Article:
A few weeks earlier, on October 26, 1918, while he was clearing one of the trenches after the Battle of Chateau Thierry, CPL Charles Estell picked up a shell that had not yet detonated. Although most of his breast was torn away by the blast, he was still living when he arrived at the military hospital. He died on the operating table.
According to his obituary, Estell's parents and wife were already deceased; his closest surviving relatives were his half-brother and a little daughter living with her grandmother, Alice Wilson. The name of Charles & Sarah’s daughter has not yet been determined.
In February 1920 an “impressive memorial service” for Mercer men who lost their lives in the World War was held at the Opera House on Main Street in Harrodsburg. The program was sponsored by Douglas Laws Post of the American Legion with its commander, Capt. C. P. Price, presiding, and Mrs. J. Hal Grimes in charge of the music. Capt. Price read the names of the war dead and awarded memorial scrolls to their next of kin. Dr. H. G. Turner, pastor of the Methodist Church in Danville made the address. Charles W. Estell, Willis Burrus, Elijah Frye, & Oliver McAfee, all members of Mercer County’s African American community, were among the soldiers who were honored during the program.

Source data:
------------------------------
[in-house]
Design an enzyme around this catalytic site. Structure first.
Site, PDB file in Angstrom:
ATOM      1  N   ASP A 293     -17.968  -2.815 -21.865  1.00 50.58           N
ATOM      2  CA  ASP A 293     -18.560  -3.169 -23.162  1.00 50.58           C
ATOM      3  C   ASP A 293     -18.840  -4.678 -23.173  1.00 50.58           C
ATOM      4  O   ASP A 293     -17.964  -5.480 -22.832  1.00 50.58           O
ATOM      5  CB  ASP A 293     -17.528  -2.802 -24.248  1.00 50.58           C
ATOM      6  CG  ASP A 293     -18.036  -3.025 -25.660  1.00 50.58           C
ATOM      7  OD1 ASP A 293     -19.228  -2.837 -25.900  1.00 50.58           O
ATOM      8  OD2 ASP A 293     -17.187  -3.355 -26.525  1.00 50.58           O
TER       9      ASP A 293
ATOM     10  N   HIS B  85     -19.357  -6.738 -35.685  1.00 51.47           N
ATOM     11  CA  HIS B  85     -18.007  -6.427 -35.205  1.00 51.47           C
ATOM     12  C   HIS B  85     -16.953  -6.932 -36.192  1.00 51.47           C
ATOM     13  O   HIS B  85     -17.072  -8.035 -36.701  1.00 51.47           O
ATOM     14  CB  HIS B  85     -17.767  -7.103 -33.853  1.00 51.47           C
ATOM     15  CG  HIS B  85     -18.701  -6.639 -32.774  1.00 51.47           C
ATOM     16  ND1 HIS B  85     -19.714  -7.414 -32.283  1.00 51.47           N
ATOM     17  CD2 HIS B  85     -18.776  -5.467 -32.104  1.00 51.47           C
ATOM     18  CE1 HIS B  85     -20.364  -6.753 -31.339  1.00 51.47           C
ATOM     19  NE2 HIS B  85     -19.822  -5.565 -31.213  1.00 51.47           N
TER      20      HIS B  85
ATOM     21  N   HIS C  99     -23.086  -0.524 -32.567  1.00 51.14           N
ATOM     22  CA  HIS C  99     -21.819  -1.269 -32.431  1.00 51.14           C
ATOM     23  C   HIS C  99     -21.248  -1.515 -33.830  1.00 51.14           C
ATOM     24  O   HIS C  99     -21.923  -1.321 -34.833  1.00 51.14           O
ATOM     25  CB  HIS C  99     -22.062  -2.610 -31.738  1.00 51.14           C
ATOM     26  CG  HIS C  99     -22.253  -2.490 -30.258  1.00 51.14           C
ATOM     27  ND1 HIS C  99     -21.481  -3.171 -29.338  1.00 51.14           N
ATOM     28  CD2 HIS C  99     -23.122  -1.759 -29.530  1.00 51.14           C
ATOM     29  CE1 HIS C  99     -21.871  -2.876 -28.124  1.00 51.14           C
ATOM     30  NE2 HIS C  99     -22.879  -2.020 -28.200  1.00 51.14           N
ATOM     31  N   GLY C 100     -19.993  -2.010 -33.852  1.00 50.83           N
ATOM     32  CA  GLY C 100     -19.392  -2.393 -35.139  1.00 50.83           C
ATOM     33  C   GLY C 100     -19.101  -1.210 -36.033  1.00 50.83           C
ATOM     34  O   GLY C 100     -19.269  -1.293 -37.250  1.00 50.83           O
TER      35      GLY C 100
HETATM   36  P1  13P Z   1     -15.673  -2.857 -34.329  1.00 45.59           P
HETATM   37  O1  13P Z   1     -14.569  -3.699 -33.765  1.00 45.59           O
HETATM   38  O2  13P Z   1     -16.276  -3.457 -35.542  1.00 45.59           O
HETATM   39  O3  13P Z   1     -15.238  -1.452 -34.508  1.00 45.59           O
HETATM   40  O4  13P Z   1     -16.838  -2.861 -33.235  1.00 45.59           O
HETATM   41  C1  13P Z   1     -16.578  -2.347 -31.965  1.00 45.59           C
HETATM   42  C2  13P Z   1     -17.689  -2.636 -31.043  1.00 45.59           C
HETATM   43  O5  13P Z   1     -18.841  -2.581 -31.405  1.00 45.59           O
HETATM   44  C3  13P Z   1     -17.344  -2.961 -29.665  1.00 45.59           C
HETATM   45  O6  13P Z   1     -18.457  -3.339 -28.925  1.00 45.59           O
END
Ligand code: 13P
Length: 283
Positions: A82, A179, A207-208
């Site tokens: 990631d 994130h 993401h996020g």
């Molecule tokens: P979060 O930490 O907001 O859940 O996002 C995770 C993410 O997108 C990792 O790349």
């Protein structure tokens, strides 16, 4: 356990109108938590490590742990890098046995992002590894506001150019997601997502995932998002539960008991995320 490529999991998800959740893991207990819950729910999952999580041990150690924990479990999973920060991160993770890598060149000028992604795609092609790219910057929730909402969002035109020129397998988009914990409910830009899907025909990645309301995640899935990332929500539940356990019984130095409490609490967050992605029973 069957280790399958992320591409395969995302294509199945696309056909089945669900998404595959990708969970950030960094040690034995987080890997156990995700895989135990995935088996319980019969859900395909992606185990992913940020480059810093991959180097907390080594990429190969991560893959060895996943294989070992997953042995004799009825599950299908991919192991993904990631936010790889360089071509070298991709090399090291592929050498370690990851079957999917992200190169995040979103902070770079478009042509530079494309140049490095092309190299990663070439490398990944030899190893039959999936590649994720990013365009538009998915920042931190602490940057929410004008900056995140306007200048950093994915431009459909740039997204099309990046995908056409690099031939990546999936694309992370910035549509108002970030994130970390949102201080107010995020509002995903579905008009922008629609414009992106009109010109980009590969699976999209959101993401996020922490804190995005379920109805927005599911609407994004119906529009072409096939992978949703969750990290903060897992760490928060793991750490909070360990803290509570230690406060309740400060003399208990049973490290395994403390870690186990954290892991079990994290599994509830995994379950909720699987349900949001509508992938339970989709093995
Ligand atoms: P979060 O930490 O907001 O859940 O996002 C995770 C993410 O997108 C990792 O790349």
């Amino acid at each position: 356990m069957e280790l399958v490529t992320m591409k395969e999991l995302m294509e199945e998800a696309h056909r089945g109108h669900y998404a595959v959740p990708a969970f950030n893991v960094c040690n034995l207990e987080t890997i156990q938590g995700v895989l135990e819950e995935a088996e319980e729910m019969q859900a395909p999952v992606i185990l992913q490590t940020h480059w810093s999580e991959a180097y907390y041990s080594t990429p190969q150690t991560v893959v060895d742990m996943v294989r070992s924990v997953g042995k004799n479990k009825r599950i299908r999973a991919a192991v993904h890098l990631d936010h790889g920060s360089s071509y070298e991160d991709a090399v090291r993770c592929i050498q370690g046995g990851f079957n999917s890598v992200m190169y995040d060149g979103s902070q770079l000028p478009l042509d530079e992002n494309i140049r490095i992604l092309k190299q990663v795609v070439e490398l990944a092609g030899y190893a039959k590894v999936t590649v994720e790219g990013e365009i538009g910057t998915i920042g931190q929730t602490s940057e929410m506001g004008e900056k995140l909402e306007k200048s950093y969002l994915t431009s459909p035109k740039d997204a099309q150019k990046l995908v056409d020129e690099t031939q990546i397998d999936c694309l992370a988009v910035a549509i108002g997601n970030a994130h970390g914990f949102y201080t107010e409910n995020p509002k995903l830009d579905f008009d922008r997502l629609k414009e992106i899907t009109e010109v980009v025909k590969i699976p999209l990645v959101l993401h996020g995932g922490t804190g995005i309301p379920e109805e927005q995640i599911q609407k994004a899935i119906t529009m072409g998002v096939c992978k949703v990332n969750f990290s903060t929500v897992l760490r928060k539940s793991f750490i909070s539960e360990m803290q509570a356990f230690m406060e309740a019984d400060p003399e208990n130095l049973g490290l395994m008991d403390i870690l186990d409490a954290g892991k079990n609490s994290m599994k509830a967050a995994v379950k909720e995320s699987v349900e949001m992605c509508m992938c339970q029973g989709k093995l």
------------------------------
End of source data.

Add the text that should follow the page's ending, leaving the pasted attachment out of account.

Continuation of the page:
The names of all twenty-two Mercer Countians who died in World War I are etched on the monument in front of the courthouse on Main Street.
Estell's body was returned to Harrodsburg from France in August 1921. The funeral was held at First Baptist Church by Rev. Smothers. Estell was interred in Maple Grove Cemetery with full military honors.
Alice Wilson died on February 14, 1923, of bronchial pneumonia. The whereabouts of CPL Estell’s daughter after her grandmother’s passing are unknown.
During the Maple Grove cemetery census, sponsored by the James Harrod Trust on April 10, 2010, the Trust determined Estell's grave marker was missing. With the kind cooperation of Mrs. Rosalyn Drury, sexton of Maple Grove Cemetery, the City of Harrodsburg, James Stinnett, Veterans of Foreign Wars (Bataan Memorial Post), Lee & Larry Sanders of Alexander & Royalty Funeral Home, the final resting place for Corporal Charles William Estell is now identified with a permanent marker in Section A near the fence line. The name of CPL Charles William Estell and his service to his country will not be forgotten.
On Sunday afternoon, May 29, 2022, at 3:00 p.m., the James Harrod Trust will honor CPL Charles William Estell with a grave marker dedication ceremony at Centennial Baptist Church in Harrodsburg. Descendants of CPL Estell will unveil an enlarged photo of the marker taken by Anna Armstrong. Rick Lee, military historian, will be the speaker, and music will be under the direction of Bro. Bobby Harris. The Kentucky National Guard will provide the Flag Color Guard assisted by SGT Albert Lee Taylor; there will be a static display of military equipment in West Lane Park near the church.
The James Harrod Trust will host a reception in the church fellowship hall after the program; they will be assisted by members of the Jane McAfee Chapter, Daughters of the American Revolution. The public is cordially invited to attend.
Read the Harrodsburg Herald's Coverage of this event.